My plan for when the world ends is to accept it. I’ve never been particularly interested in apocalyptic fantasies, mud-smeared skin, and eating cans of corn in a dilapidated farmhouse. In that scenario, where are we even finding the corn? Is all the corn in the world not rendered inaccessible by zombies/blight/the Sun exploding?
Talking about the end of the world invariably returns us to one of humanity’s favorite movie franchises, dinosaurs. Dinosaurs were not enthusiastically whipping out multi-tool knives as their world got rocked by earthquakes, fires, and actual rocks. They met their match with climate change. You can read more about that in today’s newsletter along with some other fascinating science stories to energize your day. We’re not done yet.
When a colossal asteroid collapsed into Earth, the sun was sheeted in dust, and almost everything on the planet died. Although it’s enticing to attribute this mass extinction to the asteroid’s crash, scientists have begun linking the deaths to the climate change that followed. Fresh research published this week in Proceedings of the National Academy of Sciences bolsters this claim and illuminates it.
“In the wake of the asteroid’s impact at Chicxulub, vaporized rocks were ejected into the atmosphere, forming plumes containing sulfuric gasses — known as sulfate aerosols,” writes Inverse nature reporter Tara Yarlagadda. “Scientists long suspected these sulfate aerosols — which can cool the climate — resulted in a post-asteroid global “winter” or mass climate cooling event.”
Of course, getting trapped under a gargantuan asteroid or getting caught in one of the many natural disasters it inspired (earthquakes, tsunamis, fires, you name it) is pretty life-threatening, too. Scientists aren’t denying that. “But it’s also possible that climate change from this freezing global winter caused the extinction of any dinosaurs that happened to survive the cold period, along with three-quarters of the remaining species on Earth,” writes Yarlagadda.
Climate changes: The deadliest flaw in human evolution
You don’t need to be a mad scientist in a Scooby-Doo episode to warrant an FBI file, I guess. Writer Rahul Rao shares that the FBI had taken an interest in Einstein “as early as 1934,” just a year after Einstein fled Nazi Germany in exchange for New Jersey.
That’s when the infamous first director of the FBI J. Edgar Hoover accused Einstein of being a Communist and began building his thick file. “But a closer look at what the FBI claimed to know about Albert Einstein — and the agency’s plans for the famous scientist — reveals more about American paranoia during the Cold War than it does about Einstein himself,” writes Rao.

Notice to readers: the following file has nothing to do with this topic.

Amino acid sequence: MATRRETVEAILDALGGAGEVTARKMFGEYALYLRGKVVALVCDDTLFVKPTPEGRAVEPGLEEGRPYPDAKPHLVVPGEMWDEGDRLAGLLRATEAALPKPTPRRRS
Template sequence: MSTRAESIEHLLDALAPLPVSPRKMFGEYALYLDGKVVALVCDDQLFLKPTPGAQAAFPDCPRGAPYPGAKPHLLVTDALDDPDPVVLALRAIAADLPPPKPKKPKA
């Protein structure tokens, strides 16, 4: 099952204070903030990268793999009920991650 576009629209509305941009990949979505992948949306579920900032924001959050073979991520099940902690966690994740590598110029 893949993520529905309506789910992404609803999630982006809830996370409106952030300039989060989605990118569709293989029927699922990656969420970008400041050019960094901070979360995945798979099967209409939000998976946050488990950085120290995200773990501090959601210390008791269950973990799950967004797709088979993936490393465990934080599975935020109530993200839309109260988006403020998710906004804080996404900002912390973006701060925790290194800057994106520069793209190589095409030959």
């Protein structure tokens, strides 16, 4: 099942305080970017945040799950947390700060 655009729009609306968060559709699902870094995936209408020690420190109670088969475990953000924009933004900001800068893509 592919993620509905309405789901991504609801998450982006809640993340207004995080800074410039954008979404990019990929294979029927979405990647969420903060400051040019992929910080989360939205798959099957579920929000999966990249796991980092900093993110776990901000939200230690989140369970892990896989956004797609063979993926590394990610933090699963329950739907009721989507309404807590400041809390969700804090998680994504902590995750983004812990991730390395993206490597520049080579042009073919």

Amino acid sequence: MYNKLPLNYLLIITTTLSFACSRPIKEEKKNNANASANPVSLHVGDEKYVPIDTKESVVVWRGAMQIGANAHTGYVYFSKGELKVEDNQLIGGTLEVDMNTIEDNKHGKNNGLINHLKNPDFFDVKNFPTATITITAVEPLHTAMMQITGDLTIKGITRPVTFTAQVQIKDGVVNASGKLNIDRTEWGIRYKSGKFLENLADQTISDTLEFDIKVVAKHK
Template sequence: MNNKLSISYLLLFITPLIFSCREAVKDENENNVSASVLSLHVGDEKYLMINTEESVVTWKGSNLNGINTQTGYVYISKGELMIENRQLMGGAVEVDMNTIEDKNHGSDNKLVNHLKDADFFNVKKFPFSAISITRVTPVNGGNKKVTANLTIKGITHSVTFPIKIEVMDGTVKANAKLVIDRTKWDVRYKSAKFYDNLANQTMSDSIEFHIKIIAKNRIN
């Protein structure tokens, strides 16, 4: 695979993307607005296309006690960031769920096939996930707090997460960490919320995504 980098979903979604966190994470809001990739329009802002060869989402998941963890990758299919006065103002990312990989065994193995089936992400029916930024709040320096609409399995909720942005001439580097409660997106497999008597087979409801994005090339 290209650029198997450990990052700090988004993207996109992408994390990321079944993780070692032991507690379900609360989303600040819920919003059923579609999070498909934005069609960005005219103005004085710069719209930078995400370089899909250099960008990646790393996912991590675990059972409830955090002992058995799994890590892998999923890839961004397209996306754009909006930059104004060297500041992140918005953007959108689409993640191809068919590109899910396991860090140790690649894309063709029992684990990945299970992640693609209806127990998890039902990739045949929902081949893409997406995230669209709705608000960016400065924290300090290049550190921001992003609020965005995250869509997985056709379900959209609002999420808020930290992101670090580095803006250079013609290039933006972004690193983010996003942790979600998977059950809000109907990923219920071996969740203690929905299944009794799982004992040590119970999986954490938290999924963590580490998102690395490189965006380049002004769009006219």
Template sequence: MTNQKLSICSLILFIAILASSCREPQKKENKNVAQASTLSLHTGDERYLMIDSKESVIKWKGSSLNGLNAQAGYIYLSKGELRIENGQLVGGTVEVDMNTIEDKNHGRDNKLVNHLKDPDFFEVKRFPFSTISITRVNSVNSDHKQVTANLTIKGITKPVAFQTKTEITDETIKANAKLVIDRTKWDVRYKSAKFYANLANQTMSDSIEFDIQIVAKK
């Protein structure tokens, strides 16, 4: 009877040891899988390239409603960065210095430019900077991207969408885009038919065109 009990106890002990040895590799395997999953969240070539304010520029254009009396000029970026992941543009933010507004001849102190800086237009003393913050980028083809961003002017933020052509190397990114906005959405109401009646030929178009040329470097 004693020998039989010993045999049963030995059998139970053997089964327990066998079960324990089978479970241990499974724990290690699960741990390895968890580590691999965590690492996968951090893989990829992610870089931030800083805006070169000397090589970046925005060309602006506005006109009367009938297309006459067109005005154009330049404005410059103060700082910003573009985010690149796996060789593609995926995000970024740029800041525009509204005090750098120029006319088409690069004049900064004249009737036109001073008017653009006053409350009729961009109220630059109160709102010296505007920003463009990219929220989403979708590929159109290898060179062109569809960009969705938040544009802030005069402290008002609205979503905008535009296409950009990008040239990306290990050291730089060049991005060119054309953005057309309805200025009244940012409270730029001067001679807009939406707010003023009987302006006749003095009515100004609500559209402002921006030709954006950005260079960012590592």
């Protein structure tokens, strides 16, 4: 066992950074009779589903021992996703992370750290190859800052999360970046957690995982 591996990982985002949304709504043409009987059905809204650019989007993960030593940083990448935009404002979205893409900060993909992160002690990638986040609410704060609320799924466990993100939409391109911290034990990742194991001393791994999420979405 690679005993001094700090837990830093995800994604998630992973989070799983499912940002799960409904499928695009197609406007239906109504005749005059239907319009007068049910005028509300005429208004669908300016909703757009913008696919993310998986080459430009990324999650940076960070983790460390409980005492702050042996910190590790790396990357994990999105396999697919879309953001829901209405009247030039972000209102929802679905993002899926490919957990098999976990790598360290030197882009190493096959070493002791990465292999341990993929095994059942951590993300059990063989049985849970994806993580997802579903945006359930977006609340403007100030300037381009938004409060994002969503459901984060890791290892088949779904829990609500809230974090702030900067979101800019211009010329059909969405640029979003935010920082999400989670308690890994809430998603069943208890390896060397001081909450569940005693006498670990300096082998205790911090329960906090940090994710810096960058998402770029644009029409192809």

Einstein was openly critical of the war, segregation, “and miscarriages of justice.” He was a friend of Pan-Africanist civil rights leader W. E. B. Du Bois and famed leftist and actor Paul Robeson. He didn’t buy what the U.S. government was selling.
But the FBI laid off Einstein until February 12, 1950, when he went public with his vehement opposition to the hydrogen bomb. Spooky, but “FBI internal memos found in its Einstein file hint at the agency’s master plan for the physicist,” writes Rao. The agency flirted with revoking Einstein’s citizenship and reached into his past, hoping to find something damning.
I can handle the truth: Farmers’ seeds are a secret ecological disruptor
“It’s all too common these days: you hear some terrible piece of news and think, I wish I could help, but I’m just one person,” writes Inverse card story editor Bryan Lawver. “That’s how game designer, sensitivity consultant, and streamer Rue Dickey felt on February 22, when Texas Governor Greg Abbott ordered child protection agencies in the state to investigate adults who help trans kids access gender-affirming care, which Abbott labeled ‘abusive.’”
In response, Dickey organized a charity tabletop roleplaying game bundle on indie video game site itch.io. The bundle’s fundraising power quickly exceeded Dickey’s expectations, which were set firmly around $1,000, maybe $10,000 max. Instead, the bundle has so far netted $300,000, which will be split between two Texas-based trans charities, and its stretch goal has since been adjusted to $420,000.
In this informative and galvanizing interview, Lawver speaks to Dickey about tabletop games and how to best support the trans community. Click the link to read it in its entirety.
To bring some relief to the estimated six percent of U.S. inhabitants with PTSD, researchers are exploring MDMA. The empathogen releases oxytocin in the brain, making its user feel safe and connected, and animal studies “have shown that MDMA can help process traumatic memories in the amygdala, an area of the brain that controls stress response and is associated with memory,” writes Katie MacBride.
Now, new research suggests that, when combined with weekly therapy sessions, “MDMA allows people to relive a traumatic experience without dissociating or having other reactions that might hinder psychotherapy.”
Researchers don’t know how long this amazing effect lasts, but what they’ve noticed so far seems promising — some research participants felt PTSD relief for over 18 months following their MDMA treatment. Experts say that “if all goes well, MDMA therapy could be available to the public by the end of 2023,” reports MacBride.
Infinite possibility: LSD may be as good for you as yoga
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- On this day in history: The American paleontologist Robert T. Bakker was born March 24, 1945, in Ridgewood, New Jersey. Bakker was one of the first researchers to suggest that dinosaurs were more like warm-blooded birds than lizards. “Someone had to say dinosaurs had feathers,” Bakker writes in his Houston Museum of Natural Science bio page.
- Song of the day: “Seemed Like the Thing to Do” by Dinosaur Jr.